The models are broken
The market is trying to get back to the pre-Covid and pre-war times, but that model is broken. A new dawn is here and the financial world needs to adapt.
Chief Investment Officer
Summary: Russia has recognized the two self-proclaimed republics formerly of eastern Ukraine and is sending in Russian forces. The moves were widely condemned by Western leaders and one that entirely severs diplomatic options for now in dealing with the unfolding situation. The US is set to announce sanctions on Russia later today. Equity markets are breaking down through important support levels, gold and crude oil prices have surged anew and yields as these developments push widespread deleveraging.
What is our trading focus?
Nasdaq 100 (USNAS100.I) and S&P 500 (US500.I) - Nasdaq 100 futures are trading around the 13,680 level, which is below the lows from January, as Russia’s decision to deploy troops in Ukraine’s breakaway regions in the east has ignited risk to higher levels. We expect volatility to remain elevated and downside risks to equities will persist as inflationary pressures will remain high for longer as also seen in Germany’s PPI y/y figures yesterday showing highest levels since the late 1940s. Russian companies and Western companies with high exposure to Russia are the most vulnerable over the coming weeks as risk premiums will be adjusted to reflect the risks of various sanctions.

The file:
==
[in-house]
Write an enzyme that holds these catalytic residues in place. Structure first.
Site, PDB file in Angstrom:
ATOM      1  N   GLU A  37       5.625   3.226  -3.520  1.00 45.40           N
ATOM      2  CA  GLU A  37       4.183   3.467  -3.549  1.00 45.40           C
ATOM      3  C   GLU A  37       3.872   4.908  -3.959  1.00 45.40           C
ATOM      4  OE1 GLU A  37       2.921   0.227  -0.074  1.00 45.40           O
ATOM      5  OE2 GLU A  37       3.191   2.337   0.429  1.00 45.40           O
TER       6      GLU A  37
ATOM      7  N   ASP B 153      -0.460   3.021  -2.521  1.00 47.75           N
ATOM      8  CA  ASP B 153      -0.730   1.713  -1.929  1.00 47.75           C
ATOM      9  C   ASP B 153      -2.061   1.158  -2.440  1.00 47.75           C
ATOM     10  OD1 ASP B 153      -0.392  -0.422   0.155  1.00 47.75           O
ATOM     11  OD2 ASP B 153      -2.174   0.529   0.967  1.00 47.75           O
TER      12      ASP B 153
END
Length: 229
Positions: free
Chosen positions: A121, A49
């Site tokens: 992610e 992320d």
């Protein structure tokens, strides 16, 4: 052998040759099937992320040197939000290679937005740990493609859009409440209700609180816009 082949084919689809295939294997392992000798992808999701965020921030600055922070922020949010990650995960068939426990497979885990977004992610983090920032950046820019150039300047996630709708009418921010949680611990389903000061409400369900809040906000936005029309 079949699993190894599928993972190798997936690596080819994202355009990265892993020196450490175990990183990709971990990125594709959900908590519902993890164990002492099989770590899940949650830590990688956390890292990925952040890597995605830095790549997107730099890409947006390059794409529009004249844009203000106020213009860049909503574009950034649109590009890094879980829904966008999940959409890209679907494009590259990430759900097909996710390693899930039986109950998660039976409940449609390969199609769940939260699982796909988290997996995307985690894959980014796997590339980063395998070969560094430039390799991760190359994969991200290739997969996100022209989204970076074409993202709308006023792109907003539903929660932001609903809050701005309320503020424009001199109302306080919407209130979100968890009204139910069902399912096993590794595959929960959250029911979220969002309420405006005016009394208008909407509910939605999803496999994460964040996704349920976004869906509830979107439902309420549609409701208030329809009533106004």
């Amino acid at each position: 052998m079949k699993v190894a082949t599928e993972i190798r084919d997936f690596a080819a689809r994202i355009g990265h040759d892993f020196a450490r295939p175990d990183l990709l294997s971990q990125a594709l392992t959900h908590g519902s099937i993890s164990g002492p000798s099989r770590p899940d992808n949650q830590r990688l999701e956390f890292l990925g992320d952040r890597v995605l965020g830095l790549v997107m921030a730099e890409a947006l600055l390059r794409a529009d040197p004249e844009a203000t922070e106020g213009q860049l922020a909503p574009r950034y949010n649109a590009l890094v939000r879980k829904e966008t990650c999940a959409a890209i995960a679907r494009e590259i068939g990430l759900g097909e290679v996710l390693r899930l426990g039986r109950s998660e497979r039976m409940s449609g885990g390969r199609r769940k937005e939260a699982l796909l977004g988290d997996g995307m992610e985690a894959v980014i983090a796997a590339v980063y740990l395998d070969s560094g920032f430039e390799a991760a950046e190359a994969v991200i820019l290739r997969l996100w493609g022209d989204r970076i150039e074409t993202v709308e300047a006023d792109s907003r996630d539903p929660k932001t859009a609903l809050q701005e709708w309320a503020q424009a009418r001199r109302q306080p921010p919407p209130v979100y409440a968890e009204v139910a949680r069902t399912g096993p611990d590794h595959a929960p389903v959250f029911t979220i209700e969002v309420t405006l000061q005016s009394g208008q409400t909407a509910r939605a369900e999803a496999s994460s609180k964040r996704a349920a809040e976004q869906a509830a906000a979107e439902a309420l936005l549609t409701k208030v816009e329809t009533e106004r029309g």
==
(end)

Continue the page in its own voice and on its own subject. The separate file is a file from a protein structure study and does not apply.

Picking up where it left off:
Hong Kong Stocks & China A Shares. With escalation of tension in Ukraine, Hang Seng Index and Hang Seng Tech Index both fell 3%. CSI 300 was down 1.6%. As worries about the tightening of regulatory grip over Chinese technology companies linger, tech stocks were pressured. Meituan came off 6%, Alibaba -4%, Weimob -8%, and Tencent -2%. In A shares, materials and computing outperformed while healthcare and online entertainment traded weaker.
EURUSD and EURCHF – the euro weakened due to the proximity of the geopolitical tensions unfolding in Ukraine and the impact of higher energy and power prices triggered by Russia’s actions this year, with EURCHF trading sharply lower, now only some half a percent from the cycle low of 1.0300 on a whiplash move after it recently pulled all the way up to the 1.0600 level on the anticipation that the ECB is set to revise its stance on inflation at upcoming meetings. The CHF is proving a more compelling safe haven than the US dollar here, but EURUSD is approaching a pivot low near 1.1280.